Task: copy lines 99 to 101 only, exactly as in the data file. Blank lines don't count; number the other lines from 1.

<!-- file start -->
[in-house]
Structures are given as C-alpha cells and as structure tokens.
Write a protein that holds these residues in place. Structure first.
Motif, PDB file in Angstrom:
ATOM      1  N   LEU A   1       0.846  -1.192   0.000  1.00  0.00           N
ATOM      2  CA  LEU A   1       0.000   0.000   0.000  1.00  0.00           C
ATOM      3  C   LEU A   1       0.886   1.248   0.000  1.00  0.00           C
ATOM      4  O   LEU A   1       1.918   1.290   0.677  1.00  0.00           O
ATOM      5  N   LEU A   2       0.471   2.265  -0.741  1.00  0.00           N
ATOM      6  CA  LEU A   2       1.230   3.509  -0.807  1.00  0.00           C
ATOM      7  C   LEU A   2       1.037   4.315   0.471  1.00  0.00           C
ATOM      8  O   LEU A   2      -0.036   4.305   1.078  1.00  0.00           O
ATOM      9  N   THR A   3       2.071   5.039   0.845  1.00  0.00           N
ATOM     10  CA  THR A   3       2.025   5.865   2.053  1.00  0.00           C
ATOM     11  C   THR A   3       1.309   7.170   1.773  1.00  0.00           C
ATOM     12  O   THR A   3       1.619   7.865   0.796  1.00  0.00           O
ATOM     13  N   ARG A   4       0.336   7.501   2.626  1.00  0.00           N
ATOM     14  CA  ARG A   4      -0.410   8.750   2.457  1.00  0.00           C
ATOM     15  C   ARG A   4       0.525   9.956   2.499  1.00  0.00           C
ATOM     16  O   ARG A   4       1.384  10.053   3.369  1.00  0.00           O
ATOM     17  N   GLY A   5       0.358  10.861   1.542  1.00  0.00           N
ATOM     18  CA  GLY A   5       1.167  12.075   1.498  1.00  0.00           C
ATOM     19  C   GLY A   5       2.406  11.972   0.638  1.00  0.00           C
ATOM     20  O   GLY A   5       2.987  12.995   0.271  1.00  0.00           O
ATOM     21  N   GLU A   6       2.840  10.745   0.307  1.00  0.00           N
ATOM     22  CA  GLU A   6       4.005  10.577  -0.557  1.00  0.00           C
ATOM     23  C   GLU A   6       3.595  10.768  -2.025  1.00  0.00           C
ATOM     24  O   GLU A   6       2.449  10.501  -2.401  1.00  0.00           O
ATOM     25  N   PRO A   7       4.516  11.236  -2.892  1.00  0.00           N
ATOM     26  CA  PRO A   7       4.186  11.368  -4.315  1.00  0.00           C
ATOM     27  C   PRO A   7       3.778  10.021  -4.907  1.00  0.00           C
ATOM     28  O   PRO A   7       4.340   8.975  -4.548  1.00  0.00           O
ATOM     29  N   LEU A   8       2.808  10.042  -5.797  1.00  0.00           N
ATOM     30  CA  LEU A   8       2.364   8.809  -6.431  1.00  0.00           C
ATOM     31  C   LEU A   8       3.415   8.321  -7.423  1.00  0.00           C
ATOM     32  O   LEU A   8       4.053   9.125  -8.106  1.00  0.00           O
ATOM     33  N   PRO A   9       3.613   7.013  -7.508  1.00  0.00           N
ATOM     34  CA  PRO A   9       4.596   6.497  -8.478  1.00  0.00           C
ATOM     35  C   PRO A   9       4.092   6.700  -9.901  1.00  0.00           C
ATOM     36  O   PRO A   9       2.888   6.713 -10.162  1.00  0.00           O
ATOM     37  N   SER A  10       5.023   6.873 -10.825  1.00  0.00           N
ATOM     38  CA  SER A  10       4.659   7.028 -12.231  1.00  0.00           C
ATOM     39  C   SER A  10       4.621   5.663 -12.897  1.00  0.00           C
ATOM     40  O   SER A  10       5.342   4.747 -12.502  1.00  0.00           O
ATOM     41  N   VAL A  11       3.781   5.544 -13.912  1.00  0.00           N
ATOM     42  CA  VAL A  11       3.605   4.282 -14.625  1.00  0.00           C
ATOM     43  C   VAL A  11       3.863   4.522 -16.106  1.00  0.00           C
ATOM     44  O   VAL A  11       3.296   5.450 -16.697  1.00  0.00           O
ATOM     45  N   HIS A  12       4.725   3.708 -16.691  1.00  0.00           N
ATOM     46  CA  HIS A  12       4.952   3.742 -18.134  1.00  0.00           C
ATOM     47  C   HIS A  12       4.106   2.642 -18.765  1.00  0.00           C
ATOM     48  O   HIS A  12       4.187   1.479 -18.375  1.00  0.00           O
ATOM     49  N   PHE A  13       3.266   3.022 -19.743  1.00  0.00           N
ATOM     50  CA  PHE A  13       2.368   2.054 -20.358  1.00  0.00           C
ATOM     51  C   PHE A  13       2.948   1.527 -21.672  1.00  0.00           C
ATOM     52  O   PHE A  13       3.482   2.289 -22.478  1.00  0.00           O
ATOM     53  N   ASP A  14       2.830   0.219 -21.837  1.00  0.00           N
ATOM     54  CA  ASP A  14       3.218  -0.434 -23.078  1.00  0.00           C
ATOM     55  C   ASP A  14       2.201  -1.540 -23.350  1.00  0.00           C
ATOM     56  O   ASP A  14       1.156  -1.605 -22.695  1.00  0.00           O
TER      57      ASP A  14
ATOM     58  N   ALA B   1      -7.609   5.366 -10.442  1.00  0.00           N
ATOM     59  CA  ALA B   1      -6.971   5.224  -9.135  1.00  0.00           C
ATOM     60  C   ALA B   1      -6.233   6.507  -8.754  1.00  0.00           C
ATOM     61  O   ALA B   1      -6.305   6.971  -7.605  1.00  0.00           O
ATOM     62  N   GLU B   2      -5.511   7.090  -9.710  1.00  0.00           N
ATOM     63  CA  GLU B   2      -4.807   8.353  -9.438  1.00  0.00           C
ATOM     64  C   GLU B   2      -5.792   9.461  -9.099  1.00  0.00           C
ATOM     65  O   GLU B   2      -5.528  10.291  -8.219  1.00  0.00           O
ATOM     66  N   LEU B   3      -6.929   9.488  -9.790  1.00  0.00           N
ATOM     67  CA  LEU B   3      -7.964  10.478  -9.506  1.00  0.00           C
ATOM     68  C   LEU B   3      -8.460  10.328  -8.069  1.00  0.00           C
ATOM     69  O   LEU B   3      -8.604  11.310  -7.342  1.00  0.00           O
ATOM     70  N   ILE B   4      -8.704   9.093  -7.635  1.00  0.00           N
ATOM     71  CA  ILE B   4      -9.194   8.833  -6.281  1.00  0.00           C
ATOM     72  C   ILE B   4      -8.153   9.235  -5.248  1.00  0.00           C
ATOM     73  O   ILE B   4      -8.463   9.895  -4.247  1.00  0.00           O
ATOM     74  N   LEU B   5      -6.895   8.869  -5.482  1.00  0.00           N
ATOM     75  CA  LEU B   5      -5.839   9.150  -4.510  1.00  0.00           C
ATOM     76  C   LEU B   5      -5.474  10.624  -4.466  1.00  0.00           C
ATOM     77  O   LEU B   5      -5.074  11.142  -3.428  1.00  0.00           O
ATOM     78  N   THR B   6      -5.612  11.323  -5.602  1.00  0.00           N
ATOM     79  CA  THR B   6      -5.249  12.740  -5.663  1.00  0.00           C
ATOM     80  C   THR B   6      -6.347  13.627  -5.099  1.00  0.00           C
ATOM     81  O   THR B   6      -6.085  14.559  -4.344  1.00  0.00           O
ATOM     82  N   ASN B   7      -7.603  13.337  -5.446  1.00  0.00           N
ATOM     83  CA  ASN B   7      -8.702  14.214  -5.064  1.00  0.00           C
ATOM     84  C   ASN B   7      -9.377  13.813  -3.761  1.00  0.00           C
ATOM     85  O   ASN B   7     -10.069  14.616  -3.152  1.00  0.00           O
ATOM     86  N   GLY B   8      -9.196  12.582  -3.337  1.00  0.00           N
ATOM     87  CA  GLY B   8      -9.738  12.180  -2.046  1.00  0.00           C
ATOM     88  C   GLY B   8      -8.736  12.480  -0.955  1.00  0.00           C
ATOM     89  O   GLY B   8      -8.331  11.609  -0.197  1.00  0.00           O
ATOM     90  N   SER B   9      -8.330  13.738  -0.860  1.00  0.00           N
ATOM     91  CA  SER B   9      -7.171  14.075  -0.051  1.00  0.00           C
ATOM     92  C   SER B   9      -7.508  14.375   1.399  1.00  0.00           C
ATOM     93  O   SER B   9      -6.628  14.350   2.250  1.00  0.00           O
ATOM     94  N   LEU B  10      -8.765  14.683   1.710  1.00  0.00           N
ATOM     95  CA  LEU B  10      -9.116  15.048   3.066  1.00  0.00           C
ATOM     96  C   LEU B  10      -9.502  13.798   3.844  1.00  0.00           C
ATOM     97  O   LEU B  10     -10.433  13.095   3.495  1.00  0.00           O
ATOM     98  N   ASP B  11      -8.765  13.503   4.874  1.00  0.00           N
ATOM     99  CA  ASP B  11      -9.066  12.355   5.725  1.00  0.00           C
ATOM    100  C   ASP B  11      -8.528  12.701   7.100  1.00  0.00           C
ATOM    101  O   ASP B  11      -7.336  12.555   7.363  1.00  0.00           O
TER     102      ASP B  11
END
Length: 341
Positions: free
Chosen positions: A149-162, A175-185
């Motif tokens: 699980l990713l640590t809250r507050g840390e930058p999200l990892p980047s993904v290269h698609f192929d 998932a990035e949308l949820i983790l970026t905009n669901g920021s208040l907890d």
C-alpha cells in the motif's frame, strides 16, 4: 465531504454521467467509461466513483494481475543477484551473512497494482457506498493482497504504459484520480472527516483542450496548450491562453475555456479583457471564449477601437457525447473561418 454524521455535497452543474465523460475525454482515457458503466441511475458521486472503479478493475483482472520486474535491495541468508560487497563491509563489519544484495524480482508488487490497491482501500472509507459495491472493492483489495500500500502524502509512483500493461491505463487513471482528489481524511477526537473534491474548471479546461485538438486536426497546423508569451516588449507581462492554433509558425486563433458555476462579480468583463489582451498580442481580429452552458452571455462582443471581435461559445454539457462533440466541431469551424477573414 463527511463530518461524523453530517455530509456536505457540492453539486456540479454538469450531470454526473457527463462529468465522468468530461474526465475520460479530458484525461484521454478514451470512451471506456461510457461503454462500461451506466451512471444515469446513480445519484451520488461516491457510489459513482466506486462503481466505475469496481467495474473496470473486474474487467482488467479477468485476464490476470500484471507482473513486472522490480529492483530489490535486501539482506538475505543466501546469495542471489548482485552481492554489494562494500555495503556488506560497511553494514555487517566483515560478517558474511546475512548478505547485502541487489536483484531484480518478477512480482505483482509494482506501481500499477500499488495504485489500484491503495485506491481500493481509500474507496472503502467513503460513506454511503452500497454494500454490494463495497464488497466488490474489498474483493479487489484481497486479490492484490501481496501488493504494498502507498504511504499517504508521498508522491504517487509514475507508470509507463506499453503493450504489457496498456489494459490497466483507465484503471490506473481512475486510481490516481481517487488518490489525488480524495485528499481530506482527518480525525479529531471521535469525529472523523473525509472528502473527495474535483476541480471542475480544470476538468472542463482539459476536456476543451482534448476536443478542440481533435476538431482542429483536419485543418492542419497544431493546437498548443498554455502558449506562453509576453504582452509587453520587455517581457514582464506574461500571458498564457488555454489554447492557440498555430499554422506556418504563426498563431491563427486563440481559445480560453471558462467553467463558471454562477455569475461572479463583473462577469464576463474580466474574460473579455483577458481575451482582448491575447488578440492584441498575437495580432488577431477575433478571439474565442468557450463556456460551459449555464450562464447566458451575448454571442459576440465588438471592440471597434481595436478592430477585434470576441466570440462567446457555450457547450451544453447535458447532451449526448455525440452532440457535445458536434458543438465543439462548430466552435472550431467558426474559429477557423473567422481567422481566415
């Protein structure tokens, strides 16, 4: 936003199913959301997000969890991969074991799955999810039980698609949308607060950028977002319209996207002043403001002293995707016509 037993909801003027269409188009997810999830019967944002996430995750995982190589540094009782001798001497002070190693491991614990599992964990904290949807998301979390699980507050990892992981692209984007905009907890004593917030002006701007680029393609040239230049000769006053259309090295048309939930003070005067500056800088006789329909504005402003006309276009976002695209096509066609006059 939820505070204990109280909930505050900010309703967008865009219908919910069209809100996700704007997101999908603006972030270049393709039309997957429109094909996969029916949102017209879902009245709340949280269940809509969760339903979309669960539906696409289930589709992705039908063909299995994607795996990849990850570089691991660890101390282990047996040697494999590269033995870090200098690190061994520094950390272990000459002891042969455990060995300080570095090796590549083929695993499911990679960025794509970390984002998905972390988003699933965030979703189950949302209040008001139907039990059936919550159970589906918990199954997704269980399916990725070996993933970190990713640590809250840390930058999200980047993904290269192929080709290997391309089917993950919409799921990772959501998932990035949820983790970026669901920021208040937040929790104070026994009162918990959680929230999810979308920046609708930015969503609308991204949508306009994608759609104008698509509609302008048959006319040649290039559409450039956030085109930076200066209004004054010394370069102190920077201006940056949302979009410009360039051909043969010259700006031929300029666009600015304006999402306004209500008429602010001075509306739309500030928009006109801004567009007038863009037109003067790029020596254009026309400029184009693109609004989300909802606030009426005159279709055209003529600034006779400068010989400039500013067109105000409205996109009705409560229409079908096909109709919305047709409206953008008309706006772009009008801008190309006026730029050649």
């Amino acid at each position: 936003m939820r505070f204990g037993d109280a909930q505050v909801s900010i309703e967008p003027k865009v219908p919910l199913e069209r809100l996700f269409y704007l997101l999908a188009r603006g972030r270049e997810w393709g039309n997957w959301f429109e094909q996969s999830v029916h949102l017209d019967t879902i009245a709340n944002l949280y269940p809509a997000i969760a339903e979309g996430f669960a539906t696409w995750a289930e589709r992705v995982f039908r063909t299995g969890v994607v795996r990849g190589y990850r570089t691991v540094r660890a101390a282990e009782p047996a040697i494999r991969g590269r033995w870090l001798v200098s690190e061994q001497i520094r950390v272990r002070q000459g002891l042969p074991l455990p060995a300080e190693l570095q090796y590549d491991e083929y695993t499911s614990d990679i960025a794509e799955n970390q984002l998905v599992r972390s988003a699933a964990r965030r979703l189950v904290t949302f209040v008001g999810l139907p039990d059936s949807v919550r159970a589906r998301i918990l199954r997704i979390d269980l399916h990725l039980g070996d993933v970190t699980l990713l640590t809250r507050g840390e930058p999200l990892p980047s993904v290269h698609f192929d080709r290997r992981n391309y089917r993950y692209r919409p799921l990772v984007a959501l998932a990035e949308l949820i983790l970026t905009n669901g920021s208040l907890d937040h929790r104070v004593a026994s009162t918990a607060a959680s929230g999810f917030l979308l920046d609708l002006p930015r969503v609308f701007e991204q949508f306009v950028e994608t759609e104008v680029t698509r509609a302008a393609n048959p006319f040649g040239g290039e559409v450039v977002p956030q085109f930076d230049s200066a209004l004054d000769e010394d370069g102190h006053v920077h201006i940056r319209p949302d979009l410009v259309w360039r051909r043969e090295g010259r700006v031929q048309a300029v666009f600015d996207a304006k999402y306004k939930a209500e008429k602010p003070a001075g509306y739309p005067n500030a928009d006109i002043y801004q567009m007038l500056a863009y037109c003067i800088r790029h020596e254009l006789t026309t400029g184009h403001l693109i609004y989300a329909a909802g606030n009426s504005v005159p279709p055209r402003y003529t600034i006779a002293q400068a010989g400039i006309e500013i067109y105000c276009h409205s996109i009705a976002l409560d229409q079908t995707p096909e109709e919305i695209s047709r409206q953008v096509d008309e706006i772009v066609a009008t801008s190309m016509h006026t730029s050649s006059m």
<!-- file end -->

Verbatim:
ATOM     95  CA  LEU B  10      -9.116  15.048   3.066  1.00  0.00           C
ATOM     96  C   LEU B  10      -9.502  13.798   3.844  1.00  0.00           C
ATOM     97  O   LEU B  10     -10.433  13.095   3.495  1.00  0.00           O